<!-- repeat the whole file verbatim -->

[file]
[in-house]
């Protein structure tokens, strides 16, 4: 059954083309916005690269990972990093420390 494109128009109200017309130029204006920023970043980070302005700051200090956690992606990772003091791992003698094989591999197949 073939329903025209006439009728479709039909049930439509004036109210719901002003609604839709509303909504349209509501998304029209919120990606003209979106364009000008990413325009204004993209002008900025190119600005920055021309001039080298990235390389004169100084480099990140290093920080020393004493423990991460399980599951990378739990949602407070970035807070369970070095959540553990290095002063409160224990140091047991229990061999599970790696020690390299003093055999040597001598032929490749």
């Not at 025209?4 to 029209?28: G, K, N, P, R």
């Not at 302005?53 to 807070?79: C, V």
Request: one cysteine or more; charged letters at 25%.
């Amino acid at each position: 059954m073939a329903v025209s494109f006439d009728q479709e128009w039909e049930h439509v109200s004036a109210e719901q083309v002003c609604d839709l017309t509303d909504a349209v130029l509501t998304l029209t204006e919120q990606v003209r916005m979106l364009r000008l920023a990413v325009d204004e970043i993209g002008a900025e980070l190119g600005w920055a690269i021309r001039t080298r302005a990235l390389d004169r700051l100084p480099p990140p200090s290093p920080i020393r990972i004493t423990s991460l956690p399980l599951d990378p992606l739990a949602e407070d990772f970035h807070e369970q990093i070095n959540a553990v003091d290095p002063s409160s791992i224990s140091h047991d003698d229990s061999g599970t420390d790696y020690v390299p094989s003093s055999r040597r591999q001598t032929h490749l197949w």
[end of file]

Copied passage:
[in-house]
């Protein structure tokens, strides 16, 4: 059954083309916005690269990972990093420390 494109128009109200017309130029204006920023970043980070302005700051200090956690992606990772003091791992003698094989591999197949 073939329903025209006439009728479709039909049930439509004036109210719901002003609604839709509303909504349209509501998304029209919120990606003209979106364009000008990413325009204004993209002008900025190119600005920055021309001039080298990235390389004169100084480099990140290093920080020393004493423990991460399980599951990378739990949602407070970035807070369970070095959540553990290095002063409160224990140091047991229990061999599970790696020690390299003093055999040597001598032929490749």
């Not at 025209?4 to 029209?28: G, K, N, P, R």
């Not at 302005?53 to 807070?79: C, V």
Request: one cysteine or more; charged letters at 25%.
């Amino acid at each position: 059954m073939a329903v025209s494109f006439d009728q479709e128009w039909e049930h439509v109200s004036a109210e719901q083309v002003c609604d839709l017309t509303d909504a349209v130029l509501t998304l029209t204006e919120q990606v003209r916005m979106l364009r000008l920023a990413v325009d204004e970043i993209g002008a900025e980070l190119g600005w920055a690269i021309r001039t080298r302005a990235l390389d004169r700051l100084p480099p990140p200090s290093p920080i020393r990972i004493t423990s991460l956690p399980l599951d990378p992606l739990a949602e407070d990772f970035h807070e369970q990093i070095n959540a553990v003091d290095p002063s409160s791992i224990s140091h047991d003698d229990s061999g599970t420390d790696y020690v390299p094989s003093s055999r040597r591999q001598t032929h490749l197949w």